PARIS FASHION WEEK / — “When we think of the unending growth and decay of life and civilizations, we cannot escape the impression of absolute nullity. Yet I have never lost a sense of something that lives and endures underneath the eternal flux. What we see is the blossom, which passes. The rhizome remains.” -CG Jung in Memories, Dreams, Reflections
And in the rhizome there are these “ephemeral apparitions”, the bright yellow and the electric blue of my dazed youth, the withered brocades in my mother’s wardrobe, the ubiquitous corduroys of our childhood and the empowering shoulder pads and the sequins of the disco era, a phase of our youth.
Memory is mostly an imagined sequence, hazy in parts, bright with sharp colour palettes in bits and even rendered in black and white. I call them reflections. The childhood recollection of the fields, the trees, the sights from the train of unending fields and that horizon that stretched beyond.
And then there were the cityscapes, a changed reality of a migrant who comes to a metropolis with buildings stretching far and beyond and even the sunsets come through reflections, passing through many windows, buildings and distortion itself becomes the basis of altered visual complexity of memory.
In our adapted personas, we try and collapse the nostalgia that makes us long for what only remains in memory. This collection is an act of remembrance, a suspension of disbelief and a confession that memory like cities go through metamorphosis.
It is not an attempt to recreate. It is just my method of carrying forward the memory of fabric as I saw in my mother’s closet, the heady music videos of the 1990s where nothing was shocking and the colours burst like fireflies dancing in a discotheque. I have mixed the memories of my lifetime-the kinkhab, the satin, the sequins, the mandatory knit wool sweaters.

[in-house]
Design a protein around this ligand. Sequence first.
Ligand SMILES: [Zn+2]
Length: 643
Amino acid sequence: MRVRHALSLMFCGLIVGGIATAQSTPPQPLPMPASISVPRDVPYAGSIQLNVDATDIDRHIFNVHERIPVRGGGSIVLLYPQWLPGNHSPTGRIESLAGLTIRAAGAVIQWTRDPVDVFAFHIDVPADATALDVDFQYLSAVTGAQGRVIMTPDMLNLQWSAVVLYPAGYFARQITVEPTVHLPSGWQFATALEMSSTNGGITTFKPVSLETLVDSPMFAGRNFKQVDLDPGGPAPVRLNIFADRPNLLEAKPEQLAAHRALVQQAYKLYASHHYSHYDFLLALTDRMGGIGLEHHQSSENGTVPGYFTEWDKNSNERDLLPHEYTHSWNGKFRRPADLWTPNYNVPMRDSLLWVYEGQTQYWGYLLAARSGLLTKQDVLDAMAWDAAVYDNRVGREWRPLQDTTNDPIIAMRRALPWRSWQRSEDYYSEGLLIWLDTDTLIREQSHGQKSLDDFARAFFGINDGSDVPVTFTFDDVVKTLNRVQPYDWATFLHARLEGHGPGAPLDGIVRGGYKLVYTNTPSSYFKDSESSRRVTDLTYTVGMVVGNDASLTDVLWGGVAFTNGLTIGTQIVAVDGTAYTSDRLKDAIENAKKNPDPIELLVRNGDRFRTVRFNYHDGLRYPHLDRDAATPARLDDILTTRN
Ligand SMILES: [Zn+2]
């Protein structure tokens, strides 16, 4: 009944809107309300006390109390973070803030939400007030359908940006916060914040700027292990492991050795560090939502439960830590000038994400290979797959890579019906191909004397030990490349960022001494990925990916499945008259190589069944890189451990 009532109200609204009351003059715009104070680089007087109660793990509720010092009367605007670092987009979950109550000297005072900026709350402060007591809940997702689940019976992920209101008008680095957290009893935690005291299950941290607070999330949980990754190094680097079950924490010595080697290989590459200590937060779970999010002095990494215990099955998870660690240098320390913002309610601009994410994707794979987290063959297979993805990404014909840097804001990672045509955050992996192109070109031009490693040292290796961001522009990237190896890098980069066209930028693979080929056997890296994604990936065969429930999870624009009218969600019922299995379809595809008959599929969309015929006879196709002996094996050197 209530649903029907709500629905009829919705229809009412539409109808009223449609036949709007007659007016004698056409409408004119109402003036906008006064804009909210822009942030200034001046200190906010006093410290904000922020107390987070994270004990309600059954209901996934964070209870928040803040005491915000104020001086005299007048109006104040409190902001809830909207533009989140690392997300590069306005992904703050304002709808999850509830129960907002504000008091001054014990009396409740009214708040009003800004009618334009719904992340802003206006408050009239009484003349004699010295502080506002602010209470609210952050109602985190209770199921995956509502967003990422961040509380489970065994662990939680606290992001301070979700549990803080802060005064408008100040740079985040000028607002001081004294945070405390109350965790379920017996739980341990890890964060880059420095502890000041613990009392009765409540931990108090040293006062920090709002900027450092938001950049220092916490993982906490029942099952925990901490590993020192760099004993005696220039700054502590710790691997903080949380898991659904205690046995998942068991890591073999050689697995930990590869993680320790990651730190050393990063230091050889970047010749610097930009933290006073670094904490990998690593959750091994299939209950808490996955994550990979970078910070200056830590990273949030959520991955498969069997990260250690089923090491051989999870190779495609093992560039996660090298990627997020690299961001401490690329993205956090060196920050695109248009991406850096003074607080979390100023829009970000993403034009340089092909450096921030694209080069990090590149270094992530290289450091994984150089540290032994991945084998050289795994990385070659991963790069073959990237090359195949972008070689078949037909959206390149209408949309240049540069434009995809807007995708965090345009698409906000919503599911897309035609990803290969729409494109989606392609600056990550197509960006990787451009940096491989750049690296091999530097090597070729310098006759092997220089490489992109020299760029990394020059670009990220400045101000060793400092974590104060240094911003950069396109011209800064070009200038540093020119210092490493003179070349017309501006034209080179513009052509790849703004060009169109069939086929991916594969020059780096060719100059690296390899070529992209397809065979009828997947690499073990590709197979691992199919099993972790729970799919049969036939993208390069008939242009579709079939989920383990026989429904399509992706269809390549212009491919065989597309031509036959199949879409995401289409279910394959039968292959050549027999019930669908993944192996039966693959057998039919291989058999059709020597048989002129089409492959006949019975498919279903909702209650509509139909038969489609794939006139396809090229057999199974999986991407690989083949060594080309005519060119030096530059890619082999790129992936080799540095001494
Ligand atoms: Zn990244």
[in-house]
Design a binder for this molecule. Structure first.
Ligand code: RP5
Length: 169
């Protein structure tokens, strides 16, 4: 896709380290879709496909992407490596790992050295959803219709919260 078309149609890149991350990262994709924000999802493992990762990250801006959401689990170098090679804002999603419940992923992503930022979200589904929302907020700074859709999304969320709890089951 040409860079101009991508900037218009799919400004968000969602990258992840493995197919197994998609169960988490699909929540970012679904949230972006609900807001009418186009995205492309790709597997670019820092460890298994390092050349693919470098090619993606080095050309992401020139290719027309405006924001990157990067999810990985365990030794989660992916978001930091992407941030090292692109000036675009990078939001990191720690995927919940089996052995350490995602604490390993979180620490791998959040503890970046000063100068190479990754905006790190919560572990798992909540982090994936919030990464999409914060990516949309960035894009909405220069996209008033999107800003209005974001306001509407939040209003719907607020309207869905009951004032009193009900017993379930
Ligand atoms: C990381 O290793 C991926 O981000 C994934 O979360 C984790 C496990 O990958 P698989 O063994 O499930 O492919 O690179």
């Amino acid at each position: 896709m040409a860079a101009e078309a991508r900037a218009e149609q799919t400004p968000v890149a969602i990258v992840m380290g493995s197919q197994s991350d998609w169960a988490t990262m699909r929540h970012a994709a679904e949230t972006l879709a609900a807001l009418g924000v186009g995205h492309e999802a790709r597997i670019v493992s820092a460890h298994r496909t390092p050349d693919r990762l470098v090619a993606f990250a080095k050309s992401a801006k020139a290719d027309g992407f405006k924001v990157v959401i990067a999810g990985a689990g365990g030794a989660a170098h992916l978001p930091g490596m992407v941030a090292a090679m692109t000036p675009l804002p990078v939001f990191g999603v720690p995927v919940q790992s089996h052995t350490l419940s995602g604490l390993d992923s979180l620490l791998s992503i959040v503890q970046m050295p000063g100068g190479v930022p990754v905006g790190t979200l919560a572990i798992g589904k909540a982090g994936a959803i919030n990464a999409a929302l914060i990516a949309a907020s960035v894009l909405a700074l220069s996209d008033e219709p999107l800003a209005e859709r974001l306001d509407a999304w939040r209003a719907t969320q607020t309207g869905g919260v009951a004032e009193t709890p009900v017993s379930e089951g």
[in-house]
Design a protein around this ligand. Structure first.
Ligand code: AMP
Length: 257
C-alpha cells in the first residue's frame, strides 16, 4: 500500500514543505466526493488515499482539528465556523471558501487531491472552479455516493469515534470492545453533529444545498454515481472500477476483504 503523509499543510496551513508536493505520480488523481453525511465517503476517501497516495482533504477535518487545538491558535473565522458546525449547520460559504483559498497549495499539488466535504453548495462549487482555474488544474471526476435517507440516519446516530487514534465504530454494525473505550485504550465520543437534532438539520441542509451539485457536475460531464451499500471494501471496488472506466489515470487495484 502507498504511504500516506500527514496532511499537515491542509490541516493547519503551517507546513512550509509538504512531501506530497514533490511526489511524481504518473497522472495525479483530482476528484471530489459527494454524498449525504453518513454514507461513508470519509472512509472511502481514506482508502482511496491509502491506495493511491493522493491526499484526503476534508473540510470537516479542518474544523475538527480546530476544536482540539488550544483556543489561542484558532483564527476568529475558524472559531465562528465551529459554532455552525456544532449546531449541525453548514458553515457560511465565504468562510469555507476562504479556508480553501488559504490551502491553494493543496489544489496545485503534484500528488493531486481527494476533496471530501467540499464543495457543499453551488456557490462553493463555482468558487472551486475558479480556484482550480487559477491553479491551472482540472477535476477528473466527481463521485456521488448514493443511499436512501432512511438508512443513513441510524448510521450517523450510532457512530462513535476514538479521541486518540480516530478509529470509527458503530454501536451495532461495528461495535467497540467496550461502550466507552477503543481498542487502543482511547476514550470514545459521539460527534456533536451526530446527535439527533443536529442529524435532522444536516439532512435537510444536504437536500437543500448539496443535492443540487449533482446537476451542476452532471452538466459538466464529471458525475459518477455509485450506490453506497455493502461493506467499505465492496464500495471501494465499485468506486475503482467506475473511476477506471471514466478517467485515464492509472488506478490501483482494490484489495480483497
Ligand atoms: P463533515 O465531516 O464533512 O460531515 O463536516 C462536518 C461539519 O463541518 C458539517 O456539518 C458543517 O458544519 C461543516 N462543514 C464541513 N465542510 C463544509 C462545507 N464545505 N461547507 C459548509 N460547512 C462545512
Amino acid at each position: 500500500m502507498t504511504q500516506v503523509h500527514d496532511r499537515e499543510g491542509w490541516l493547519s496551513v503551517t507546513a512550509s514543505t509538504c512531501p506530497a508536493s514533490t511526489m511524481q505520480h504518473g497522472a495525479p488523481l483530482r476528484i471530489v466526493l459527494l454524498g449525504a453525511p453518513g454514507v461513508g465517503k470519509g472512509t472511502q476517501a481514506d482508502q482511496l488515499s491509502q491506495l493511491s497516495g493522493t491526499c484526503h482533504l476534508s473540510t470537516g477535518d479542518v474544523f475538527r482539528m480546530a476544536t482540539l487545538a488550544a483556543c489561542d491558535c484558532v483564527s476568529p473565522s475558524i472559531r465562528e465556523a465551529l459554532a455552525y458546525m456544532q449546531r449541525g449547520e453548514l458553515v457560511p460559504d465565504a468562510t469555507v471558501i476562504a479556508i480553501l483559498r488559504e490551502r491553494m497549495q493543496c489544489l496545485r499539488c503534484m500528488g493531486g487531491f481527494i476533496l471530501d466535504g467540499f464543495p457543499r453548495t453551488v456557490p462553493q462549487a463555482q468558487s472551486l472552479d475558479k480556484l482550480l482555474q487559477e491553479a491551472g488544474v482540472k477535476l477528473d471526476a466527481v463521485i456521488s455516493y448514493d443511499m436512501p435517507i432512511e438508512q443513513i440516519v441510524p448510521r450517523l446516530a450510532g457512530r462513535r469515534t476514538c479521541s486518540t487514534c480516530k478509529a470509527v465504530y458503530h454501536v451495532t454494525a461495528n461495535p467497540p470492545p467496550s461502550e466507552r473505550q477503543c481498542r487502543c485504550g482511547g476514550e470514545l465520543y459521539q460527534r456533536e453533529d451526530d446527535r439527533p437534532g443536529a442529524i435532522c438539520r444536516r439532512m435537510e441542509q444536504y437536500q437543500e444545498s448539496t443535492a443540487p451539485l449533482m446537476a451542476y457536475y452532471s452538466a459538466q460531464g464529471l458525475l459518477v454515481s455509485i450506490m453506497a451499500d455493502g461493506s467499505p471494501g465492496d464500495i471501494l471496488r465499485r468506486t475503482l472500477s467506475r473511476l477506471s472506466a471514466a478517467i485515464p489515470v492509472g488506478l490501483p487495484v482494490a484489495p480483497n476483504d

It is not what we remember but how we remember. And trends are beautiful. They remind us that nostalgia is ‘classic’. There is a ‘time dust’ on everything. Memory is fleeting, teasing and full of mischief. The black and white apparitions of buildings arranged geometrically is because the sun had to be orange, a burning one to make the city not a labyrinth but a tapestry of memories of migrants.
This is my homage to the hazy, blurry, bright and shiny memories of a migrant traversing, navigating cities and yet preserving the rhizome because what is life if not a series of longing of what once was. This is memory imagined and reimagined.
Kinkhab or Kimkhwab, Indian brocade woven of silk and gold or silver thread. The word kimkhwab, derived from the Persian, means “a little dream,” a reference perhaps to the intricate patterns employed.
From the Fall 2018 press notes of Rahul Mishra